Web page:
It is not uncommon for players to become coaches once their days on the field are behind them. If you look at the head coaches, only three — Jim Popp, Chris Jones and Rick Campbell — never played in the CFL. The other six — Kent Austin, Scott Milanovich, Wally Buono, Jason Maas, Mike O’Shea and Dave Dickenson — all spent time on CFL rosters, with Milanovich being the only one who didn’t see significant playing time during his career.
So that got me thinking: who is the best player turned coach in CFL history?
For me, the answer seemed simple: Ron Lancaster.
Lancaster is a four-time Grey Cup champion, winning twice as a player and twice as a coach. He was a four-time all-star, two-time Most Outstanding Player and a five-time nominee for Most Outstanding Player during a stellar 19-year playing career. It was with the Saskatchewan Roughriders — he broke into the league with the Ottawa Rough Riders, but was buried behind some guy named Russ Jackson — where he spent the majority of his career. During his 16 years in Regina, Lancaster guided the Riders to 14 straight playoff appearances, 12 appearances in the Western Final, five Grey Cup appearances and quarterbacked the Roughriders to their first every Grey Cup championship in 1966. When Lancaster retired following the 1978 season, he owned pretty much every major passing record in the CFL.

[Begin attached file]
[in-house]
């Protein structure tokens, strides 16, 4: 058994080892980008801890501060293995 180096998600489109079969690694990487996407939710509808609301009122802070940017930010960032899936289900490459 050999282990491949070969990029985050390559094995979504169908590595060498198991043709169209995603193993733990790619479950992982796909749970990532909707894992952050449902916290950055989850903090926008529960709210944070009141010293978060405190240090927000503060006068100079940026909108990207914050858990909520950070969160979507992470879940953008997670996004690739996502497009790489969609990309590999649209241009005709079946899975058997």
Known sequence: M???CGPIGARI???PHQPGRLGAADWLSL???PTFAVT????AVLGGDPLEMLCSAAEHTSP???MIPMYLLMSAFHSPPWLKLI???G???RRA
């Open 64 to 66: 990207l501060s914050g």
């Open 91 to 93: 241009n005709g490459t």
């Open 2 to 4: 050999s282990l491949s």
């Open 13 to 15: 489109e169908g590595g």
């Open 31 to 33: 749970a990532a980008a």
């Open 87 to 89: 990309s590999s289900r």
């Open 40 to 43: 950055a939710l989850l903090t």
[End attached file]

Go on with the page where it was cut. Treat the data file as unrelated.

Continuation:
His coaching career started quickly after his playing days were over as he immediately become Saskatchewan’s head coach following his retirement. His first stint as a head coach wasn’t great, but after staying out of coaching for 11 years, he returned to the sidelines to coach the Edmonton Eskimos from 1991-1997, taking them to two Grey Cups, winning one in 1993, and left the Eskimos as the winningest coach in franchise history. Upon leaving Edmonton following the 1997 season, Lancaster came immediately to Hamilton and took a team that went 2-16 in 1997 and got them to the Grey Cup in 1998. The Ticats lost in 1998, but Lancaster got them back to the title game in 1999, this time winning it. When all was said and done, Lancaster won more games as a head coach than all but three other men.
Lancaster was a Hall of Fame player and would no doubt have been a Hall of Fame coach if he wasn’t already enshrined as a player. For my money, he is the greatest player turned coach in league history.
But my opinion isn’t the only valid one, so I turn it over to you guys and gals: who do you think is the greatest player turned coach in the history of the CFL? I look forward to seeing some of your answers.